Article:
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Of Scientists and Mountains: Hideyo Noguchi

Todays discussion is in regards to the 2004 1000 Yen banknote from Japan, pick numbers 104a, 104b and 104c.

This banknote, which was issued by the Bank of Japan (aka the Nippon Ginko), prominently features the bacteriologist Hideyo Noguchi on its front and a scene of the great Mount Fuji on its reverse.

Noguchi was born on November 24, 1876 in Inawashiro, Fushima in the Empire of Japan and at a young age of 1 1/2 years old found himself in the fireplace which lead to the disfigurement of one of his hands. Not letting this stop him, he later graduated from Saisei Gakusha, modern day Nippon Medical School and with a degree in hand he moved to the United States in 1900. Originally working with Dr. Simon Flexner at the University of Pennsylvania, Noguchi eventually found himself working for the Rockefeller Institute of Medical Research.

Nominated for the Nobel prize for both Physiology and Medicine, Noguchi was seen as a rising star but modern historians have called into question this glowing review. For example, in 1911 Noguchi was accused of inoculating orphan children with syphilis. Although acquitted at the time, contemporary 20th century lawyers use this specific case as an early instance of unethical human experimentation. Despite these transgressions, in 1913 Noguchi discovered that the bacteria Treponema pallidum, a relative of the bacteria which causes syphilis, was present in patients who suffered from progressive paralysis and his discovery would be used to ultimately lead to the treatment of syphilis itself.

Noguchi spent the rest of his life in British Ghana attempting to develop a cure for Yellow Fever. Despite his best attempts Noguchi instead developed a treatment for leptospirosis, which although having many of the same symptoms, was miscorrectly labeled as Yellow Fever by Noguchi. Ironically, in his search of a cure he died of the very illness he sought to cure dying in Accra on May 21, 1928 at the age of 51. Noguchi is seen as a very controversial figure in modern medicine, and is know for his discovery of the cure for syphilis and leptospirosis, and his innovation of using snake venom in vaccines. He is equally well know for his reckless experimentation practices and his love of working in isolation. However you see him, he is indeed noteworthy.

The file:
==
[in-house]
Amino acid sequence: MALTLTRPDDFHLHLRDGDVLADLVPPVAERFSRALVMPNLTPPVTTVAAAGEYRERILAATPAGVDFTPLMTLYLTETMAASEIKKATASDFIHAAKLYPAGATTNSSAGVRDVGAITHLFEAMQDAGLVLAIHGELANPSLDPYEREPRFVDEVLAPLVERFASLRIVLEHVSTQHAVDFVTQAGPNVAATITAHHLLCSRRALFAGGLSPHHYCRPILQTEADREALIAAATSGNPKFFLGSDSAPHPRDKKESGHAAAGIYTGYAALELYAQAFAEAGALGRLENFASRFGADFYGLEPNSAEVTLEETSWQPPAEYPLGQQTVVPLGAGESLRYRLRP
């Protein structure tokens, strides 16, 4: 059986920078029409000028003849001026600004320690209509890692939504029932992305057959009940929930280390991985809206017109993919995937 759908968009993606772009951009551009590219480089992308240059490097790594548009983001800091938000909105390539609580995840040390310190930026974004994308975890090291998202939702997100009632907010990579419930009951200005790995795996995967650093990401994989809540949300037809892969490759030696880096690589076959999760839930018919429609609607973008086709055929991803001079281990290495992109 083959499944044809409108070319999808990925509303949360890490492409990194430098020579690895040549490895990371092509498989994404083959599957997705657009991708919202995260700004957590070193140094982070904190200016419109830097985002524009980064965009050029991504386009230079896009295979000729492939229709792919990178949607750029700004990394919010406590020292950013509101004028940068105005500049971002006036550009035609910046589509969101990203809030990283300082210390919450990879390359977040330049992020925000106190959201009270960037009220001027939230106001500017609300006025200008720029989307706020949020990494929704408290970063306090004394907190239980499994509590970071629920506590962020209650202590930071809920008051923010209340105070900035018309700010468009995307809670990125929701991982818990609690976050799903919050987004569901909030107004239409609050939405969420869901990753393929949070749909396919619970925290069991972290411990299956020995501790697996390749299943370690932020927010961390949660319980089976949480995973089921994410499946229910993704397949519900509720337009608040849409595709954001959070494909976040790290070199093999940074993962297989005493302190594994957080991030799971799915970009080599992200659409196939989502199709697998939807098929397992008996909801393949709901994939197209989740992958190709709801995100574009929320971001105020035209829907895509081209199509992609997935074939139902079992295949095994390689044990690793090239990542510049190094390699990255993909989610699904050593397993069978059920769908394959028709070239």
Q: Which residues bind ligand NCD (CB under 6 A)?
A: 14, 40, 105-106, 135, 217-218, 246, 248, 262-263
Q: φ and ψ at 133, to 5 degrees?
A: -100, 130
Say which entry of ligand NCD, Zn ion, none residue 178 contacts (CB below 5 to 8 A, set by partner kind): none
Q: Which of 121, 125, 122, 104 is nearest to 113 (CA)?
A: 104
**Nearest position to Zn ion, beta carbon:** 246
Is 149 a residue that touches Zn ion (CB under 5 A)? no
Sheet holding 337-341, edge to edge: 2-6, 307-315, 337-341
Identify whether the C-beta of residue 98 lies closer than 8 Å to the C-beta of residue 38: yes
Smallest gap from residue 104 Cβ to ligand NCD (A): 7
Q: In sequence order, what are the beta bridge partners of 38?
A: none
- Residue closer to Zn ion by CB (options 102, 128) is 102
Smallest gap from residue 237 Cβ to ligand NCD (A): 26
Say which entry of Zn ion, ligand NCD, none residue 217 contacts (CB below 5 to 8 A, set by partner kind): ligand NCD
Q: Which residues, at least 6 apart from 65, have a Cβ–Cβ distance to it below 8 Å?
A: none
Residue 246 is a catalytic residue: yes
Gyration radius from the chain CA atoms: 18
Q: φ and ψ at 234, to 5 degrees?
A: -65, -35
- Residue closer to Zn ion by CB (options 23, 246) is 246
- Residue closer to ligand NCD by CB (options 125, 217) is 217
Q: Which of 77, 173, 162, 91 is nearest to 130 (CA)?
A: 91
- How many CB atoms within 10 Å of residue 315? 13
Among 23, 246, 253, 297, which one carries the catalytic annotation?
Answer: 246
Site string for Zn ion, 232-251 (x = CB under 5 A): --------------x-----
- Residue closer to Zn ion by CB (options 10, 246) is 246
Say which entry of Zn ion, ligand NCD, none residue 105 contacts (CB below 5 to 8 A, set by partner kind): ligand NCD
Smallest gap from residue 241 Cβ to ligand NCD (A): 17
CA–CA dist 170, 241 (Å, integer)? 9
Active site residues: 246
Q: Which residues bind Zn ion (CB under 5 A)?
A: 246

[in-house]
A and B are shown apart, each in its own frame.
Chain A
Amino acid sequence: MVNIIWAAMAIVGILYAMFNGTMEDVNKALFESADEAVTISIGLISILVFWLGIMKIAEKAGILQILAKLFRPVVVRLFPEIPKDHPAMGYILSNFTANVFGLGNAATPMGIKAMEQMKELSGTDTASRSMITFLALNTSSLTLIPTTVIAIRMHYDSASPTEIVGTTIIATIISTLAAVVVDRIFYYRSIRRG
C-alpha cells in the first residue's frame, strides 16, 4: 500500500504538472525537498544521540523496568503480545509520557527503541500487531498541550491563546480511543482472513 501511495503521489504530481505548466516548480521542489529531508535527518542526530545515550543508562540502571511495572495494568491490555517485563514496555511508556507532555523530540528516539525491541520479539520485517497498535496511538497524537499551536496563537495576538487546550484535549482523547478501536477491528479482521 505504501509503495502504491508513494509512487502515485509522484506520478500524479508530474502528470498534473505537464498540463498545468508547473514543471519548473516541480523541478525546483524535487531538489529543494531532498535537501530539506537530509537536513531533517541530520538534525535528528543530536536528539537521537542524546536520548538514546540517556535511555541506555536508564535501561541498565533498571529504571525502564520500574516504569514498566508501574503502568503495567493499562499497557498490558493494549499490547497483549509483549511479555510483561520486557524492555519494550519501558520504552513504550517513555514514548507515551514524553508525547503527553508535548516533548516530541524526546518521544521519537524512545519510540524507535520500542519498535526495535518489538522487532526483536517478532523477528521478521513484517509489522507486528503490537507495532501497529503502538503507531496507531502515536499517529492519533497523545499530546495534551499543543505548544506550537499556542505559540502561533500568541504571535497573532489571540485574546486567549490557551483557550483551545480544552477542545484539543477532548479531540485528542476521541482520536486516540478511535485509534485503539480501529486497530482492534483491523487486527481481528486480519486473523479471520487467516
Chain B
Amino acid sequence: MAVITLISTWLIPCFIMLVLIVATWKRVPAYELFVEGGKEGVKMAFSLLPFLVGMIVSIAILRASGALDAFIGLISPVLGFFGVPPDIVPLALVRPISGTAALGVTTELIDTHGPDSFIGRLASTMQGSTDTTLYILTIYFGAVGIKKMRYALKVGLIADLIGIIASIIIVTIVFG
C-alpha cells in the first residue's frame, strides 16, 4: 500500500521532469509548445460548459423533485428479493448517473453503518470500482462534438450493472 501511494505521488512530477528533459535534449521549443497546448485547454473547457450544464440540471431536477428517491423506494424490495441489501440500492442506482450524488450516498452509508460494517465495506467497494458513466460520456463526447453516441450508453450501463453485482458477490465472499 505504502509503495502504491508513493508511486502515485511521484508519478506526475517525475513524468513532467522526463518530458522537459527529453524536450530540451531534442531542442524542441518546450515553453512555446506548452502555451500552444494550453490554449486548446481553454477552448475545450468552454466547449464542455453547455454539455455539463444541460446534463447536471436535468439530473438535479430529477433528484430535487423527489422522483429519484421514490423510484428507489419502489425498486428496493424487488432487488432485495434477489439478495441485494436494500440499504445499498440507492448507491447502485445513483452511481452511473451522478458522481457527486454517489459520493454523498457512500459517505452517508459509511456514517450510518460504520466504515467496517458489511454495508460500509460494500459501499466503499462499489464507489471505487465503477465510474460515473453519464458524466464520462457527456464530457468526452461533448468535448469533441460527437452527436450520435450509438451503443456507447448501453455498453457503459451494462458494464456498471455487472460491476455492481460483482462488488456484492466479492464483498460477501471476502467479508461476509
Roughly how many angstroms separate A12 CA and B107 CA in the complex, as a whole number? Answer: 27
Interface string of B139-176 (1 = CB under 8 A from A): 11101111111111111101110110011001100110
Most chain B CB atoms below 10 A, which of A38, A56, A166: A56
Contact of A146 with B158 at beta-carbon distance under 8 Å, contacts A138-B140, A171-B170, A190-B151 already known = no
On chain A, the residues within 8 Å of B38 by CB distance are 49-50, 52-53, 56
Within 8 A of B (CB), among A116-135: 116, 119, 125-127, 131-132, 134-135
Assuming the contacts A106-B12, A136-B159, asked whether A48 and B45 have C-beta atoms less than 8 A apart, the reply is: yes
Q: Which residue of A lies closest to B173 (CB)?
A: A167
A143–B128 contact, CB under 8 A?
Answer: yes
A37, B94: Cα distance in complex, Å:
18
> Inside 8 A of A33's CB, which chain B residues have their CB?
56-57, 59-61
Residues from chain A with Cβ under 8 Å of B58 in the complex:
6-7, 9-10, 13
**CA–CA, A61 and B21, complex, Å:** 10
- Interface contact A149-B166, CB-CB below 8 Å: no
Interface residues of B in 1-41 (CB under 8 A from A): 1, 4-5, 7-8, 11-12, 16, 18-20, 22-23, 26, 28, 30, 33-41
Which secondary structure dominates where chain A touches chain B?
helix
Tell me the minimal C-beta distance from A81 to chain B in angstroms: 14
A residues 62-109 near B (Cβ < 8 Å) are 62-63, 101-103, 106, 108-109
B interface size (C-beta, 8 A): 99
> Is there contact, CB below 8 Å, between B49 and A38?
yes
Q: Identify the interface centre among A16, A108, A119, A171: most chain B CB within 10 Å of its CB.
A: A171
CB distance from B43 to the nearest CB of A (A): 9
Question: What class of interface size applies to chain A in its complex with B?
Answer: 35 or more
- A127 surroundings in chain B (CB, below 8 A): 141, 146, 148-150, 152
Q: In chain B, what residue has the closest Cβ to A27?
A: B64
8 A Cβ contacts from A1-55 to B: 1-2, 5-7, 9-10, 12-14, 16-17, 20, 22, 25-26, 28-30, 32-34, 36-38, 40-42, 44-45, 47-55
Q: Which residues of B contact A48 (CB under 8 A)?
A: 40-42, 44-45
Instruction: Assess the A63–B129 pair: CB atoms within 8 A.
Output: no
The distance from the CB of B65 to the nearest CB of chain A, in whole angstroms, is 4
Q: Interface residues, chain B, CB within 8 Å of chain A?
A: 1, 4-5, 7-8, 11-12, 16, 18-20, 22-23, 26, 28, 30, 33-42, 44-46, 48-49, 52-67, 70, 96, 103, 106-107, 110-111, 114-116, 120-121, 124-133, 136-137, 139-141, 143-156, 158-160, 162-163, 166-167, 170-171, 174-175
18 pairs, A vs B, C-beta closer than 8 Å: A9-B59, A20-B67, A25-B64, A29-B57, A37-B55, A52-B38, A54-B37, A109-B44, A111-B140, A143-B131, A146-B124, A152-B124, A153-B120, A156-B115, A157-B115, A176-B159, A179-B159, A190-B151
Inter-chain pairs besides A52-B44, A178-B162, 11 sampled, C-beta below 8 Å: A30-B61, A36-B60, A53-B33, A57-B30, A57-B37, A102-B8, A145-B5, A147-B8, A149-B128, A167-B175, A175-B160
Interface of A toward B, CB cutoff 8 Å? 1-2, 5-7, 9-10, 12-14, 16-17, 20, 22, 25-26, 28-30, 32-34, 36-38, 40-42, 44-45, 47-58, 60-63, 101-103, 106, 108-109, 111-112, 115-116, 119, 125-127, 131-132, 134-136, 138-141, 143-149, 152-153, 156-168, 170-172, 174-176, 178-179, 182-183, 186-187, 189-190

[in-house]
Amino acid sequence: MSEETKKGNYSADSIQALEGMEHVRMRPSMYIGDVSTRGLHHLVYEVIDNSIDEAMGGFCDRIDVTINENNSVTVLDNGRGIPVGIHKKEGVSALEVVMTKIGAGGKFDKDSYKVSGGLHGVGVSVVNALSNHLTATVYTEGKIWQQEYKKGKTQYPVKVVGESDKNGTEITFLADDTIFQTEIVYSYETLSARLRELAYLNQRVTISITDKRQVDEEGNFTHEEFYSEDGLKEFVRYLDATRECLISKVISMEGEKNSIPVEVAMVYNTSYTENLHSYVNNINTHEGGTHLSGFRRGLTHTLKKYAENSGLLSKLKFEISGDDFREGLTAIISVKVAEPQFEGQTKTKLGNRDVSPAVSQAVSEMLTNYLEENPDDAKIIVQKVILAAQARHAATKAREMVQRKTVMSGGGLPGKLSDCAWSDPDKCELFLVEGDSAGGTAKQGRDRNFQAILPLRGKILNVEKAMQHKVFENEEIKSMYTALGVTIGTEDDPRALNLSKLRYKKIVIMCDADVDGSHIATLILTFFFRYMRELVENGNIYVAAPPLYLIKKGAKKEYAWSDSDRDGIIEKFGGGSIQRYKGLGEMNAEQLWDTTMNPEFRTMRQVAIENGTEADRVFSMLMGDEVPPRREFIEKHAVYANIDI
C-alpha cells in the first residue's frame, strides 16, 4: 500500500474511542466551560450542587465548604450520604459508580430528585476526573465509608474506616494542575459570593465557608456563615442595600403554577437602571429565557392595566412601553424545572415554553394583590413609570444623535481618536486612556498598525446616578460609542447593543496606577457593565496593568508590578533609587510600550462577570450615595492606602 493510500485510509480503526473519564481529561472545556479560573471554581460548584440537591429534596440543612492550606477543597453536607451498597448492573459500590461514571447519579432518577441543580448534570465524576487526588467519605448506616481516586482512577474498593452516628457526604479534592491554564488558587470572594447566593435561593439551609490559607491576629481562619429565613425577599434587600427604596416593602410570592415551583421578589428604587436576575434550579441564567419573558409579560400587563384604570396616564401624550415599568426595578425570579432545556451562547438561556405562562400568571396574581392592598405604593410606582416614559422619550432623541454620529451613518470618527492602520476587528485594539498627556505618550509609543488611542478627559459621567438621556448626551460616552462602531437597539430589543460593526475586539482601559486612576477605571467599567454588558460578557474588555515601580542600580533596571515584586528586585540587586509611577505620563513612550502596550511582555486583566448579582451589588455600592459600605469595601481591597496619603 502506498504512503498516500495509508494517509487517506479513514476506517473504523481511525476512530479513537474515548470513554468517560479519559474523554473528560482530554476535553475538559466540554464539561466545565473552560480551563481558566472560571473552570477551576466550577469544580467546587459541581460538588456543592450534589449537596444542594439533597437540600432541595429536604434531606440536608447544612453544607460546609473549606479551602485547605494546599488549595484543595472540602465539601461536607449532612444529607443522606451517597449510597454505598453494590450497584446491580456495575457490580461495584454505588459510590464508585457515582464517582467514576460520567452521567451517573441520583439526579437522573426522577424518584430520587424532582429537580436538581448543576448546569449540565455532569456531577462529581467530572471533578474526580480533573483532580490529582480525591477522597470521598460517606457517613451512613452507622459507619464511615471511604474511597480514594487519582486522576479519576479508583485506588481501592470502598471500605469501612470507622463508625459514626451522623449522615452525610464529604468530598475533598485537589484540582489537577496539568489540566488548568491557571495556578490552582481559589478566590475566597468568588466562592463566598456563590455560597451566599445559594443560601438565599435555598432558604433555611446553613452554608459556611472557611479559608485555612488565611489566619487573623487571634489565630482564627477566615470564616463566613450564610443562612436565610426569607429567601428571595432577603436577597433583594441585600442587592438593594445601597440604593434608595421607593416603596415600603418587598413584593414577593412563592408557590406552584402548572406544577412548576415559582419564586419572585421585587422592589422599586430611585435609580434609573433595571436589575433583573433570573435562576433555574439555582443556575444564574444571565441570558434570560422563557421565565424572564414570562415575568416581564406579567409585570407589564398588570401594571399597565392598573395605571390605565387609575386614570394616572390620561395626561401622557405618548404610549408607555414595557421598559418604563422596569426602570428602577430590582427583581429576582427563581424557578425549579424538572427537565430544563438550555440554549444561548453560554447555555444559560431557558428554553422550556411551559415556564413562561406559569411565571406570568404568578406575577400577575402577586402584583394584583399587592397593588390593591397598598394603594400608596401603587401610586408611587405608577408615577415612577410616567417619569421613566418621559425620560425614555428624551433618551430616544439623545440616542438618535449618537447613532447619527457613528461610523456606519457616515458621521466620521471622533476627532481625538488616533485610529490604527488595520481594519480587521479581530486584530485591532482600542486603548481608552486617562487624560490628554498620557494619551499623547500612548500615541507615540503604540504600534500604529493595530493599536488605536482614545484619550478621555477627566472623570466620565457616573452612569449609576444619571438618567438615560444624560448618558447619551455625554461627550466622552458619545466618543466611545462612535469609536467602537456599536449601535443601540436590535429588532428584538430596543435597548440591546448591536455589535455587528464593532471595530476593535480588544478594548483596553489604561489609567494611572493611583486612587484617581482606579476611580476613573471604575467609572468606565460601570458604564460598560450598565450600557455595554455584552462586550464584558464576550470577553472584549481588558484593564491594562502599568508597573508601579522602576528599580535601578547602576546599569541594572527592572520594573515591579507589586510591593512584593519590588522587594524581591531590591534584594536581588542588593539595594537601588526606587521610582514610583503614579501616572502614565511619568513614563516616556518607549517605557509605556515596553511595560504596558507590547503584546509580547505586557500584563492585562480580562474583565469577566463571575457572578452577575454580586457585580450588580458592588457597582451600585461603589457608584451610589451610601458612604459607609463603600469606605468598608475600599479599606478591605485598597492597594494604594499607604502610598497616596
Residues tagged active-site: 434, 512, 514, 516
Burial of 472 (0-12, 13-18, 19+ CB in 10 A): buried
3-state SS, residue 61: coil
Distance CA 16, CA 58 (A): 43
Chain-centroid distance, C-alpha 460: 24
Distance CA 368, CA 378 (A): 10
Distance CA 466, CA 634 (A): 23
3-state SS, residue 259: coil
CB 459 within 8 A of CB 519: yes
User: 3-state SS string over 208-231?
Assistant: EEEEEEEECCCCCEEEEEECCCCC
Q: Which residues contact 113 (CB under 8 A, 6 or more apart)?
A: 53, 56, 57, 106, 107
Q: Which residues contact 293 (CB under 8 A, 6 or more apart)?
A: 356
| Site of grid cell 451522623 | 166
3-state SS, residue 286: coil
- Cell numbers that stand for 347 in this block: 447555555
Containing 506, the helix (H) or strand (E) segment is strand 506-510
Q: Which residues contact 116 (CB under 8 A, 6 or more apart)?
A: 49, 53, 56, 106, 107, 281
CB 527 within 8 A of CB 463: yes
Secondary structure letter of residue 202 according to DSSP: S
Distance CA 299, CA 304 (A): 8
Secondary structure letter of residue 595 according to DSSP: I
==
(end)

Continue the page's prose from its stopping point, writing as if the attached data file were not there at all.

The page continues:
Most people who have heard of Japan have probably also heard of Mount Fuji. This mammoth stratovolcano stands at a staggering 3776m (12 389ft) making it Japan's largest mountain. One of the three Holy mountains, along with Mount Tale and Mount Haku, Mount Fuji has one of the most notorious forests in the world, Aokigahara, more commonly referred to as the Suicide Forest which is the preferred place of death for many Japanese people looking to end their own life. The amount of sucides in this place is so high that officials have plastered the forest with signs urging suicidal visitors to seek help and to not kill themselves, and listing local suicide hotline numbers.

Interestingly, the summit of Mount Fuji was actually forbidden to women until the Meji Era. The gaint still pierces through the Tokyo skyline and has been a UNESCO cultural heritage site since 2013. The designation of a cultural hertiage site rather then a natural hertitage site is tied to the mountains inspiration, which is reflected by many artists and poets over the centuries. Indeed these artists have carved Mount Fuji into the hearts and minds of the Japanese population, as well as many others from abroad. This makes the man, mountain, and money truly noteworthy!

More Information About benuminister
By benuminister on 2014-11-28

Sex and Scum Banknotes: Seychelles Rupees

Although in banknote collecting circles the infamous Seychelles 50 Rupee banknote (p17), which was issued from 1968 to 1973, is well known, this peculiar and well known banknote, which features some distinctive palm fronds spelling the word "SEX" behind the queens head, has a lot of controversy surrounding it.